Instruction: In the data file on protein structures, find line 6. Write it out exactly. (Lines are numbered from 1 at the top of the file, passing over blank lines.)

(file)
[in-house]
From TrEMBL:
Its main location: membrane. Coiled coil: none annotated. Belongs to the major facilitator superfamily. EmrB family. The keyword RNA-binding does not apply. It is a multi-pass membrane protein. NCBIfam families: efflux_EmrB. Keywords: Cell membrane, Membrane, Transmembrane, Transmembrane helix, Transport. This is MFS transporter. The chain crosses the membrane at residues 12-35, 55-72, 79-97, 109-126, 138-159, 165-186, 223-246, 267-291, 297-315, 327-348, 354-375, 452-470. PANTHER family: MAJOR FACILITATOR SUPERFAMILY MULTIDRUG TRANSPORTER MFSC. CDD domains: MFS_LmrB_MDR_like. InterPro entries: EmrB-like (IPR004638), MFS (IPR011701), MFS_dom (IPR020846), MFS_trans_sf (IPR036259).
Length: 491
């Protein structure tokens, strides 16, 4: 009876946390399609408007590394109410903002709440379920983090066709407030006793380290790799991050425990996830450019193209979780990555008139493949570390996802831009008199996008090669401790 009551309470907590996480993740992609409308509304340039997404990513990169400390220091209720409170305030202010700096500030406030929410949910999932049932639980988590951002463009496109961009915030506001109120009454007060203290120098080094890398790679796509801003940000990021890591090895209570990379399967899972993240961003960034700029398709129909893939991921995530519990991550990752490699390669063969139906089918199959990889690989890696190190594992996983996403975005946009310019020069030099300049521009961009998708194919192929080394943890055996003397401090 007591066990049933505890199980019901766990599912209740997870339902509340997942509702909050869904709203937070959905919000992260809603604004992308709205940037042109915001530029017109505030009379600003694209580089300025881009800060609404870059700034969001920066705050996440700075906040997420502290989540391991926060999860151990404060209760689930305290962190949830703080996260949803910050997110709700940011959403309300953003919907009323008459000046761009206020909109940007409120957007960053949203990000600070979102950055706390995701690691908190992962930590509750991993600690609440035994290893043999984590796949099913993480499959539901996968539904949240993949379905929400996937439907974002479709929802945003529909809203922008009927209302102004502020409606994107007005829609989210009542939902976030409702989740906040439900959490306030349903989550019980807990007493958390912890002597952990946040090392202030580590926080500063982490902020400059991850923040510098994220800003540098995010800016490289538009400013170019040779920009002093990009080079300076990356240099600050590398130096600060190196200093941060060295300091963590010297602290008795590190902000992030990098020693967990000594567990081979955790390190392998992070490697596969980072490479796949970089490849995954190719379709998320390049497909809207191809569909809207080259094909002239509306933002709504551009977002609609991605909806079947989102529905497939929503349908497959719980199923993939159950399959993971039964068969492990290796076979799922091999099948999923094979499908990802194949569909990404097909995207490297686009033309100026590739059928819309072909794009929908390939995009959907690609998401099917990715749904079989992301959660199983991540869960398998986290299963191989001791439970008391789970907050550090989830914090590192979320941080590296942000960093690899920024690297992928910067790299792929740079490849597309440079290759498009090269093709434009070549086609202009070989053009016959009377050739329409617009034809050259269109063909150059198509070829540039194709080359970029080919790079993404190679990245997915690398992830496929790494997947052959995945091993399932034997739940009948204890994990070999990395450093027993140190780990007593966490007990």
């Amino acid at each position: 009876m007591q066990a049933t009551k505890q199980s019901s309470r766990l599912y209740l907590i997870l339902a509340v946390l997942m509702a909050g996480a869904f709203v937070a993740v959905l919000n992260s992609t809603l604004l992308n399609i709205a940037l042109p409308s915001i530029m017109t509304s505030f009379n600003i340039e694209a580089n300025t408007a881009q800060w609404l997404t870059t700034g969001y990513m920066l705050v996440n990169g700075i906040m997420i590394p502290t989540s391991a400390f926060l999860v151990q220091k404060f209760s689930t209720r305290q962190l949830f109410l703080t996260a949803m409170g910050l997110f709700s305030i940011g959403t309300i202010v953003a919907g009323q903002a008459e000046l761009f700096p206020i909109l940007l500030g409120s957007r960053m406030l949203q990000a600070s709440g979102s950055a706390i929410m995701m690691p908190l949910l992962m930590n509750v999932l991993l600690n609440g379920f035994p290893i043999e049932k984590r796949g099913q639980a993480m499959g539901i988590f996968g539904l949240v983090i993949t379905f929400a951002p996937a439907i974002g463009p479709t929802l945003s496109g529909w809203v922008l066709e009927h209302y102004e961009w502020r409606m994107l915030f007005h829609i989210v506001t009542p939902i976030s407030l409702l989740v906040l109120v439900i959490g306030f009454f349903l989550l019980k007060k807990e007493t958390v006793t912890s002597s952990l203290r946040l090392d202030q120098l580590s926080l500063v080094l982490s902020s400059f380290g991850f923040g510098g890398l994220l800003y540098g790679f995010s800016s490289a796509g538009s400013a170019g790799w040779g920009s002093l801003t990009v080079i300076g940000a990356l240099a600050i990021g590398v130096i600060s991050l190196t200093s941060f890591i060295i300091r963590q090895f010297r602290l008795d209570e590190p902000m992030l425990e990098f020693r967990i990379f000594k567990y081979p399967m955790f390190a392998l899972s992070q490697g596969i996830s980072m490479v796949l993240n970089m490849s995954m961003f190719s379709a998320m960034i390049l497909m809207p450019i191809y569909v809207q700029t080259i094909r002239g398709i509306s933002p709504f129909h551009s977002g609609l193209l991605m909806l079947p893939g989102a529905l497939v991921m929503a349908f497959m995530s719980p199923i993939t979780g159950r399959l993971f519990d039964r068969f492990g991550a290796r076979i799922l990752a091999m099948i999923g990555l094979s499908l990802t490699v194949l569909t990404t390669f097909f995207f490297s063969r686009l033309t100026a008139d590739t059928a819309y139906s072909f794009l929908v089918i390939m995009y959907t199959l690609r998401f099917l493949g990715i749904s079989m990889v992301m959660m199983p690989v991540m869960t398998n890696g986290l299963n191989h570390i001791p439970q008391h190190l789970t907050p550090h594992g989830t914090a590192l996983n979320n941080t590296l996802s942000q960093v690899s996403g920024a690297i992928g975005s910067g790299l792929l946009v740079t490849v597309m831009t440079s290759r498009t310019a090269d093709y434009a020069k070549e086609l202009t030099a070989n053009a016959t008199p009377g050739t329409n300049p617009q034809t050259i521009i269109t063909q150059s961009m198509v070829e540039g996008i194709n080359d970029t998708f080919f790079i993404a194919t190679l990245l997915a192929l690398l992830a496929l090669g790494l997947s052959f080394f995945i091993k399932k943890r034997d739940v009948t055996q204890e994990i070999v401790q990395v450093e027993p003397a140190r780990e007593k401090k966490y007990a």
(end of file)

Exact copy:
């Amino acid at each position: 009876m007591q066990a049933t009551k505890q199980s019901s309470r766990l599912y209740l907590i997870l339902a509340v946390l997942m509702a909050g996480a869904f709203v937070a993740v959905l919000n992260s992609t809603l604004l992308n399609i709205a940037l042109p409308s915001i530029m017109t509304s505030f009379n600003i340039e694209a580089n300025t408007a881009q800060w609404l997404t870059t700034g969001y990513m920066l705050v996440n990169g700075i906040m997420i590394p502290t989540s391991a400390f926060l999860v151990q220091k404060f209760s689930t209720r305290q962190l949830f109410l703080t996260a949803m409170g910050l997110f709700s305030i940011g959403t309300i202010v953003a919907g009323q903002a008459e000046l761009f700096p206020i909109l940007l500030g409120s957007r960053m406030l949203q990000a600070s709440g979102s950055a706390i929410m995701m690691p908190l949910l992962m930590n509750v999932l991993l600690n609440g379920f035994p290893i043999e049932k984590r796949g099913q639980a993480m499959g539901i988590f996968g539904l949240v983090i993949t379905f929400a951002p996937a439907i974002g463009p479709t929802l945003s496109g529909w809203v922008l066709e009927h209302y102004e961009w502020r409606m994107l915030f007005h829609i989210v506001t009542p939902i976030s407030l409702l989740v906040l109120v439900i959490g306030f009454f349903l989550l019980k007060k807990e007493t958390v006793t912890s002597s952990l203290r946040l090392d202030q120098l580590s926080l500063v080094l982490s902020s400059f380290g991850f923040g510098g890398l994220l800003y540098g790679f995010s800016s490289a796509g538009s400013a170019g790799w040779g920009s002093l801003t990009v080079i300076g940000a990356l240099a600050i990021g590398v130096i600060s991050l190196t200093s941060f890591i060295i300091r963590q090895f010297r602290l008795d209570e590190p902000m992030l425990e990098f020693r967990i990379f000594k567990y081979p399967m955790f390190a392998l899972s992070q490697g596969i996830s980072m490479v796949l993240n970089m490849s995954m961003f190719s379709a998320m960034i390049l497909m809207p450019i191809y569909v809207q700029t080259i094909r002239g398709i509306s933002p709504f129909h551009s977002g609609l193209l991605m909806l079947p893939g989102a529905l497939v991921m929503a349908f497959m995530s719980p199923i993939t979780g159950r399959l993971f519990d039964r068969f492990g991550a290796r076979i799922l990752a091999m099948i999923g990555l094979s499908l990802t490699v194949l569909t990404t390669f097909f995207f490297s063969r686009l033309t100026a008139d590739t059928a819309y139906s072909f794009l929908v089918i390939m995009y959907t199959l690609r998401f099917l493949g990715i749904s079989m990889v992301m959660m199983p690989v991540m869960t398998n890696g986290l299963n191989h570390i001791p439970q008391h190190l789970t907050p550090h594992g989830t914090a590192l996983n979320n941080t590296l996802s942000q960093v690899s996403g920024a690297i992928g975005s910067g790299l792929l946009v740079t490849v597309m831009t440079s290759r498009t310019a090269d093709y434009a020069k070549e086609l202009t030099a070989n053009a016959t008199p009377g050739t329409n300049p617009q034809t050259i521009i269109t063909q150059s961009m198509v070829e540039g996008i194709n080359d970029t998708f080919f790079i993404a194919t190679l990245l997915a192929l690398l992830a496929l090669g790494l997947s052959f080394f995945i091993k399932k943890r034997d739940v009948t055996q204890e994990i070999v401790q990395v450093e027993p003397a140190r780990e007593k401090k966490y007990a």